EU votes to keep petrol/diesel car sales ban from 2035

In July 2021, the European Commission published a formal plan which covered renewable energy sources, building renovation and a proposal to ban the sale of new cars with combustion engines from 2035.

The green strategy was widely debated and some of the largest economies in the European Union were not particularly happy with the planned sales ban. However, earlier this week EU lawmakers voted to keep the ICE ban from the middle of the next decade.

The final form of the law will be discussed with member states later this year, although it is already known that the plan calls for carmakers to reduce CO2 emissions from their fleets by 100% by 2035. Basically, this means no petrol, diesel, or hybrid vehicles will be available on the new car market in the European Union. It is important to note that this ban does not mean that existing combustion engines will be banned from the streets.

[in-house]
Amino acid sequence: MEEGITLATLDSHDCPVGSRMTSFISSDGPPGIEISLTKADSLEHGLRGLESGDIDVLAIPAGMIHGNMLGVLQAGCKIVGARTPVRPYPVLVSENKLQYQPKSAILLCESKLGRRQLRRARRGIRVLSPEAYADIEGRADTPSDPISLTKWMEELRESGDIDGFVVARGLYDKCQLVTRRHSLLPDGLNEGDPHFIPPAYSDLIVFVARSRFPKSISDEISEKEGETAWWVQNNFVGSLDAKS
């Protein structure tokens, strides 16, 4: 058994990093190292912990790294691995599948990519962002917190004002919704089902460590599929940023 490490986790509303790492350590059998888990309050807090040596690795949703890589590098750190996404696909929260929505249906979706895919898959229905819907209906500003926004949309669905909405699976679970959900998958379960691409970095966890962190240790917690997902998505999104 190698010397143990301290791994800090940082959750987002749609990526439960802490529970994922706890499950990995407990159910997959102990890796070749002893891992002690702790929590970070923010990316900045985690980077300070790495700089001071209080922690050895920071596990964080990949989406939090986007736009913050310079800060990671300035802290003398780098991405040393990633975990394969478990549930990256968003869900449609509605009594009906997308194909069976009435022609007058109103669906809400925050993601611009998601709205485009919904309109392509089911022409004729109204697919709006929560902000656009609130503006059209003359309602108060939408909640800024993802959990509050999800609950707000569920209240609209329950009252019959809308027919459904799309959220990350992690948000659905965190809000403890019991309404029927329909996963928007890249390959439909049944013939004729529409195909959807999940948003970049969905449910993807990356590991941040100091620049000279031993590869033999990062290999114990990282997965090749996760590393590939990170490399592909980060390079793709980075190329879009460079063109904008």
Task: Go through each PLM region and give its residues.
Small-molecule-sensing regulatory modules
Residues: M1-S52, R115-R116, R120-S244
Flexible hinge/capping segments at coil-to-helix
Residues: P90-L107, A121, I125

The vote earlier this week doesn’t effectively kill the combustion engine in Europe, however – not yet. Before that happens, an agreement between the 27 EU countries must be reached and it could be a very difficult task. Germany, for example, opposes a total ban on new cars with combustion engines and proposes an exception to the rule for vehicles powered by synthetic fuels. The Italian Minister for Ecological Transition also said that the future of the car “cannot be all-electric only”.

In its first statement following the new agreement, Germany’s ADAC, Europe’s largest automotive association, said “ambitious climate protection goals in transport cannot be achieved by electric mobility alone”. The organization considers that “it is necessary to open up the prospect of a climate-neutral internal combustion engine.

On the other hand, Member of the European Parliament Michael Bloss said: “This is a turning point that we are discussing today. Anyone who continues to rely on the internal combustion engine harms industry, the climate and violates European law.

About a quarter of CO2 emissions in the European Union come from the transport sector and 12% of these emissions come from passenger cars. According to the new agreement, from 2030, annual emissions from new cars should be 55% lower than in 2021.

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